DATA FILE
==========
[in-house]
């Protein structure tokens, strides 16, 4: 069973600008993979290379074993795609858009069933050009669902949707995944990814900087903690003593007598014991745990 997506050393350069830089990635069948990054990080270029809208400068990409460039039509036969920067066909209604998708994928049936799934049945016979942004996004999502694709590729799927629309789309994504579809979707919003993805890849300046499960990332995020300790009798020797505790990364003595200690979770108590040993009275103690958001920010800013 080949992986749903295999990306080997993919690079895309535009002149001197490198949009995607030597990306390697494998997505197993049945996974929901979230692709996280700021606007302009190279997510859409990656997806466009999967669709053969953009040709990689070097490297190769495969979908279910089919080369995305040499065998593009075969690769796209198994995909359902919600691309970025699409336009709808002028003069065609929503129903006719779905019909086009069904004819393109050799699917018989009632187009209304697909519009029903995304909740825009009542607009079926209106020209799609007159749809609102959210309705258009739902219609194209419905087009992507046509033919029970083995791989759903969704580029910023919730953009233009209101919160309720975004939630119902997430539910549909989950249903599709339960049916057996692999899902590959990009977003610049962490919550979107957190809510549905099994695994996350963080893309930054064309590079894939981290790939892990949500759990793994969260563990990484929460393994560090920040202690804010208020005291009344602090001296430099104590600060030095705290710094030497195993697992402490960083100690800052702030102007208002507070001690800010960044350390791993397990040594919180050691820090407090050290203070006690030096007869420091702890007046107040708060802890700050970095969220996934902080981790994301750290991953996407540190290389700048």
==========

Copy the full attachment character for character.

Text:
[in-house]
């Protein structure tokens, strides 16, 4: 069973600008993979290379074993795609858009069933050009669902949707995944990814900087903690003593007598014991745990 997506050393350069830089990635069948990054990080270029809208400068990409460039039509036969920067066909209604998708994928049936799934049945016979942004996004999502694709590729799927629309789309994504579809979707919003993805890849300046499960990332995020300790009798020797505790990364003595200690979770108590040993009275103690958001920010800013 080949992986749903295999990306080997993919690079895309535009002149001197490198949009995607030597990306390697494998997505197993049945996974929901979230692709996280700021606007302009190279997510859409990656997806466009999967669709053969953009040709990689070097490297190769495969979908279910089919080369995305040499065998593009075969690769796209198994995909359902919600691309970025699409336009709808002028003069065609929503129903006719779905019909086009069904004819393109050799699917018989009632187009209304697909519009029903995304909740825009009542607009079926209106020209799609007159749809609102959210309705258009739902219609194209419905087009992507046509033919029970083995791989759903969704580029910023919730953009233009209101919160309720975004939630119902997430539910549909989950249903599709339960049916057996692999899902590959990009977003610049962490919550979107957190809510549905099994695994996350963080893309930054064309590079894939981290790939892990949500759990793994969260563990990484929460393994560090920040202690804010208020005291009344602090001296430099104590600060030095705290710094030497195993697992402490960083100690800052702030102007208002507070001690800010960044350390791993397990040594919180050691820090407090050290203070006690030096007869420091702890007046107040708060802890700050970095969220996934902080981790994301750290991953996407540190290389700048």